Centrifugal compressors are subject to transient events, such as emergency shutdowns, which can cause energetic surge events during rapid shutdown transients. Many modeling tools are used to predict the behavior of compressor systems during fast transient events. Even more, centrifugal compressor dynamic modeling is a valuable assessment tool that can help improve the design of the compressor anti-surge system to prevent harsh conditions while the unit is coasting down. Modeling of centrifugal compressor transient events requires a detailed evaluation of many system variables to obtain accurate results. Additionally, many parameters should be included and analyzed to adjust the model and obtain acceptable predictions. Those parameters can include recycle valve characteristics, the controller and actuator, suction and discharge piping volumes, aftercoolers, and operating conditions. Other parameters, such as machine coast speed and inertia and different control response times will determine if the compressor will reach its surge limit at a detrimental high head condition, avoid it or go through it at low acceptable energy conditions. Many designs use general guidelines to select and plan the compressor anti-surge system and its main components. For example, the recycle valve type, size and actuation time are key parameters during the shutdown of the compressor unit since they directly affect the amount of flow through the compressor and its reaction time. Other factors are also relevant and should be assessed in detail to assure a proper design to avoid such transient events as a sudden shutdown of a compressor from a full load or high head operating conditions resulting in damaging surge events.

In order to refine the simulation approach of the transients in centrifugal compressors, SwRI has conducted an extensive assessment of the main parameters that will affect the modeling predictions. Parameters such as recycle valve size, type, actuation time, after-cooler volume, friction factors, unit speed coast down predictions, compressor map, isolation valve control, acting time, as well as placement of the discharge check valve influence the modeling predictions considerably. Therefore, parametric studies of some of those variables have helped to refine and adjust the modeling technique while improving the accuracy of the results. Moreover, computational predictions have been compared against high fidelity - high accuracy data collected in a full scale compressor system. Initial comparisons indicated reasonable results while adjustments in the technique and main assumptions improved the modeling predictions considerably.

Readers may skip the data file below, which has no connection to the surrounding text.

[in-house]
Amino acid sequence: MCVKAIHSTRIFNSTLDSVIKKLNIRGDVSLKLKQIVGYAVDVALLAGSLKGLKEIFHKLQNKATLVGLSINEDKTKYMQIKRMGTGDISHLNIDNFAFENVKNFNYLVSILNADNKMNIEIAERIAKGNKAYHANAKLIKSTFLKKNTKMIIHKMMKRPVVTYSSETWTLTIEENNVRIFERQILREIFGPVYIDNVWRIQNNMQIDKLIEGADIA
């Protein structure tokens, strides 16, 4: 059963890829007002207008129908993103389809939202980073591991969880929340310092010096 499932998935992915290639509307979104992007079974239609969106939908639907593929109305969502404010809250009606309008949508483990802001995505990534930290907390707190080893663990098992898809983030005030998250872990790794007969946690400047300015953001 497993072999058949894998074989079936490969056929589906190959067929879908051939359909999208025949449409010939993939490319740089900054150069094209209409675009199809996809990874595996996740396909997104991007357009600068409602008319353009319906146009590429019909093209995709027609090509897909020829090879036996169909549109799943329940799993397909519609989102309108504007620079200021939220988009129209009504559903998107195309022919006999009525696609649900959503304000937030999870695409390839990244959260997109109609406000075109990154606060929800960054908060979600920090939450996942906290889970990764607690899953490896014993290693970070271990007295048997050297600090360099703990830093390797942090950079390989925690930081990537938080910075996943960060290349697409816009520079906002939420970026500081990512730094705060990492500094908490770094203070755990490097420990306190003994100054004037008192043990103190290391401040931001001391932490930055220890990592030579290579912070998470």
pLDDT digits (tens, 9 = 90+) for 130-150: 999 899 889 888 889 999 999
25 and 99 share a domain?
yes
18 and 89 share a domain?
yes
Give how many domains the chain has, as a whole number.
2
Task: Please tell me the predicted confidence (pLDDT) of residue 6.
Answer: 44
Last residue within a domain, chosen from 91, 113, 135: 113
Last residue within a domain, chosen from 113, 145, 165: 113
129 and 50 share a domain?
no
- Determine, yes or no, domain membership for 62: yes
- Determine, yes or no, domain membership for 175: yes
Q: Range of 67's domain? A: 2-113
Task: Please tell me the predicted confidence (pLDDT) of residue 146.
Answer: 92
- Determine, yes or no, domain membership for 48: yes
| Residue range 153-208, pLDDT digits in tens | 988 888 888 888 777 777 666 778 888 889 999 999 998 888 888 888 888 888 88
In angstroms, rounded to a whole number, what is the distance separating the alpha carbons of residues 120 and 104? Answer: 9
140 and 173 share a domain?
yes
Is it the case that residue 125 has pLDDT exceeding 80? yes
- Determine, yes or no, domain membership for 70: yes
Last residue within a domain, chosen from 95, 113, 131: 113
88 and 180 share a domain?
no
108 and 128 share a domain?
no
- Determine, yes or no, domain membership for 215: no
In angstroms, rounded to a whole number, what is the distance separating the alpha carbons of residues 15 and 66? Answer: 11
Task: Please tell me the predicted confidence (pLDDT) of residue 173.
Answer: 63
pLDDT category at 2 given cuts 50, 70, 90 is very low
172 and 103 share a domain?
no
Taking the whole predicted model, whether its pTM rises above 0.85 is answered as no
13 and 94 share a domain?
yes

A generic methodology to improve modeling predictions and main considerations are part of the analysis. In addition, comparison of the modeling results and experimental data are presented and complemented with parametric studies of different variables. In general, this work should provide guidelines for advancing the modeling of centrifugal compressor transients as well as showing the application of a valuable tool for designing surge control systems for centrifugal compressors.

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